64 (2014). It thus appears that Davis’s discussion of Youngblood and Trombetta remains valid and binding on this
same person: the events occurred in different places, and could have occurred at different times.
Therefore, proving Movant was not the source of the feces would not disprove that he set the
fires. Moreover, given the evidence against Movant, the outcome of the trial would not have
been different even it was established that Movant did not defecate on the fourth floor of the
Under the facts of this case, the untested feces did not have apparent evidentiary value,
much less exculpatory value. The failure to preserve the feces for future DNA testing was not
the product of bad faith.
Finally, given the evidence against him and the feces’ limited
evidentiary value, Movant was not prejudiced by its destruction. For these independent reasons,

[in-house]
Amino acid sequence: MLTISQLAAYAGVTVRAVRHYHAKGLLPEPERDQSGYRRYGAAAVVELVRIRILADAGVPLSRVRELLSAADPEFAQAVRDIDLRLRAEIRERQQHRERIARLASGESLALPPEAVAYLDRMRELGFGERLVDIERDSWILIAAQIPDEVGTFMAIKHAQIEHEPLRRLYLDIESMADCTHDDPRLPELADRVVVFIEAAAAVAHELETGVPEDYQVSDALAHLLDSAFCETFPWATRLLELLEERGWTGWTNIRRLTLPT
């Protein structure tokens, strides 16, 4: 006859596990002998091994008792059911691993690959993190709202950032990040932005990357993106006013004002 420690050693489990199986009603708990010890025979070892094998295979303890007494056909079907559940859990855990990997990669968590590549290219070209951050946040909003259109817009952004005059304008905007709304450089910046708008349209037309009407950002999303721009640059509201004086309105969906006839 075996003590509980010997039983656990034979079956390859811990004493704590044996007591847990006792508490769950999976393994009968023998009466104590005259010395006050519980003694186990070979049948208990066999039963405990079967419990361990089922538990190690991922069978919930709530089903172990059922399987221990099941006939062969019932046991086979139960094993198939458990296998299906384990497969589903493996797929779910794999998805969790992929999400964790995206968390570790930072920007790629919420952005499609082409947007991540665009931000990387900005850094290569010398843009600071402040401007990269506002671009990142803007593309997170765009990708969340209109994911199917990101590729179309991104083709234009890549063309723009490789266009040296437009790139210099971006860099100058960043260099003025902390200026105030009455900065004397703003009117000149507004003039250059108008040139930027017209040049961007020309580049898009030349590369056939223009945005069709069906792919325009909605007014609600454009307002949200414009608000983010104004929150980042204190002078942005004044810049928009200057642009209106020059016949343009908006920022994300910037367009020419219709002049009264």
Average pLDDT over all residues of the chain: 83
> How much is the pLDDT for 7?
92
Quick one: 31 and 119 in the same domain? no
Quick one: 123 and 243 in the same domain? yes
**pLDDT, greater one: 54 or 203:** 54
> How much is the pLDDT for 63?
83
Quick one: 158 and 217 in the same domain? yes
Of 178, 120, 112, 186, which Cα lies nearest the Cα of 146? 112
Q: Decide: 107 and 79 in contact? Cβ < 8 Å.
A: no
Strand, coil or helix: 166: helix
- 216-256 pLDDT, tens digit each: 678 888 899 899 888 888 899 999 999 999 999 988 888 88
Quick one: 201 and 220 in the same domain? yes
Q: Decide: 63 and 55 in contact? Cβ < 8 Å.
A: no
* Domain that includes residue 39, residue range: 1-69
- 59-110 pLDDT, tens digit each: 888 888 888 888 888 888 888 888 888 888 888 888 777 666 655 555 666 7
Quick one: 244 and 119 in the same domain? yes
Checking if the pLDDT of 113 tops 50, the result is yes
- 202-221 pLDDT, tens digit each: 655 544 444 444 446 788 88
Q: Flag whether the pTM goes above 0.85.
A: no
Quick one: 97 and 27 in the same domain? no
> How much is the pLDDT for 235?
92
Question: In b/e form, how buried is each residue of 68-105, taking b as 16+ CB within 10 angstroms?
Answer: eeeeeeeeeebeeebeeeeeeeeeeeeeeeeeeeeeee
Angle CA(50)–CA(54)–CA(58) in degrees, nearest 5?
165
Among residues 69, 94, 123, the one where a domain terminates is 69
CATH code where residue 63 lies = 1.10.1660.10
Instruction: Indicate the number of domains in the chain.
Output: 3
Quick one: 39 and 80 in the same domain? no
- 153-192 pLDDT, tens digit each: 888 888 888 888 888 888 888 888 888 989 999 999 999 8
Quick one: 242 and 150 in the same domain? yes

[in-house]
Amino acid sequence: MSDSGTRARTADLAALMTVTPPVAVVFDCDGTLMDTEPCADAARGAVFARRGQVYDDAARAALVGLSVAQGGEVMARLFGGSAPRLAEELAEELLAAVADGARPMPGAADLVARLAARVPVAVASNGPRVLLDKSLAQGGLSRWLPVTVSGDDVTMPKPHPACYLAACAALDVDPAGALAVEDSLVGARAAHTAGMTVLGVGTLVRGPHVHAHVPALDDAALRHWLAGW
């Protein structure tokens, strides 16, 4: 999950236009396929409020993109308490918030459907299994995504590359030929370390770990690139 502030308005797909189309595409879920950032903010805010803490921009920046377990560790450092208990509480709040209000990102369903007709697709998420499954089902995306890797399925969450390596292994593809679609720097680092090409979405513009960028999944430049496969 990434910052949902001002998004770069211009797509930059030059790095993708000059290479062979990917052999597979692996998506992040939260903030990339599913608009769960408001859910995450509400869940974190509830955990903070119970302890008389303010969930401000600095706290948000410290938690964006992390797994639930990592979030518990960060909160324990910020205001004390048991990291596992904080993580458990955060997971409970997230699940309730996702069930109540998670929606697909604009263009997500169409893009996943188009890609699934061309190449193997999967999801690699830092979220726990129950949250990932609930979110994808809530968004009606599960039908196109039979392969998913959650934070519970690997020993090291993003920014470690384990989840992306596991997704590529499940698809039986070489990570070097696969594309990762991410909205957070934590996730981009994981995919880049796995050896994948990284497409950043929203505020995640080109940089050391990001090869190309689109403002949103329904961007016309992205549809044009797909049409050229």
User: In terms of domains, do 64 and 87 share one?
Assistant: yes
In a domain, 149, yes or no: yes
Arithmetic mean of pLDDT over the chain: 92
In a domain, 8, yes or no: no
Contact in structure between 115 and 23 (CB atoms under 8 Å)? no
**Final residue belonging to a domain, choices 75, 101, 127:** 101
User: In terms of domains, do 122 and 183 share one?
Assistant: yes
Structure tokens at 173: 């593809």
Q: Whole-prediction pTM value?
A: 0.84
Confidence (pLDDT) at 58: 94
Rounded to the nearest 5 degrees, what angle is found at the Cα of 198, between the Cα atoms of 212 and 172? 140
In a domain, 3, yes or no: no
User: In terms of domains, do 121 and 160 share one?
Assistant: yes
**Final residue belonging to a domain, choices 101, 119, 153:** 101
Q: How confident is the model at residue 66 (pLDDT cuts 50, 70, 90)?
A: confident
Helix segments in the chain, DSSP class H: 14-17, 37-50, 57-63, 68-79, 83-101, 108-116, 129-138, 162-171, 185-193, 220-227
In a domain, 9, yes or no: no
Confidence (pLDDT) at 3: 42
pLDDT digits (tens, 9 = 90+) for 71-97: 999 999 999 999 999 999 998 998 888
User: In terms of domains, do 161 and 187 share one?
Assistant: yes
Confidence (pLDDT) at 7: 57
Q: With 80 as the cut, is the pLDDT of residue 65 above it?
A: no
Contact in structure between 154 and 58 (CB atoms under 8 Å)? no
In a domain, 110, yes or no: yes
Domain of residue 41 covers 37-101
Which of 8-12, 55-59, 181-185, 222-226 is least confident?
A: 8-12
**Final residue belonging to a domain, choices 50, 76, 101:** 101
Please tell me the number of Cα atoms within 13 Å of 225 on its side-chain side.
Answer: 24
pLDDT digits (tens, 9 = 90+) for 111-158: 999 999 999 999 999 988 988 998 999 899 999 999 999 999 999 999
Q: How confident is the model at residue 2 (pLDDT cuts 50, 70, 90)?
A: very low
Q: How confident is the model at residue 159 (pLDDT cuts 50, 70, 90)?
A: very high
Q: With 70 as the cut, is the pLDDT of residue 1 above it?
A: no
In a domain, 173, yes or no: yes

the Court concludes Movant’s Due Process rights were not violated.
Movant next contends the low quality of the videotapes constituted a Due Process
violation. He also discusses the videotape’s completeness, but his argument on this point does
not specify the nature of his allegation. Regardless, Movant’s arguments regarding the videotape
do not justify relief.
First, the Government contends the claim is not cognizable because it could have been
raised on direct appeal. “[S]ection 2255 is not a substitute for direct appeal, and matters which
could have been raised on appeal will not be considered.” United States v. Samuelson, 722 F.2d
425, 427 (8th Cir. 1983) (citing United States v. Sappington, 527 F.2d 508, 508–09 (8th Cir.
1975)).3 This includes not only claims of trial error, but all claims that could be raised on direct
appeal. See, e.g., Costa v. United States, 996 F.2d 1221, *1 (8th Cir. 1993) (Table) (claim that
There is an exception when a litigant can show cause and prejudice for the failure to raise the issue on appeal.
E.g., Jennings v. United States, 696 F.3d 759, 762-63 (8th Cir. 2012). However, Movant does not raise any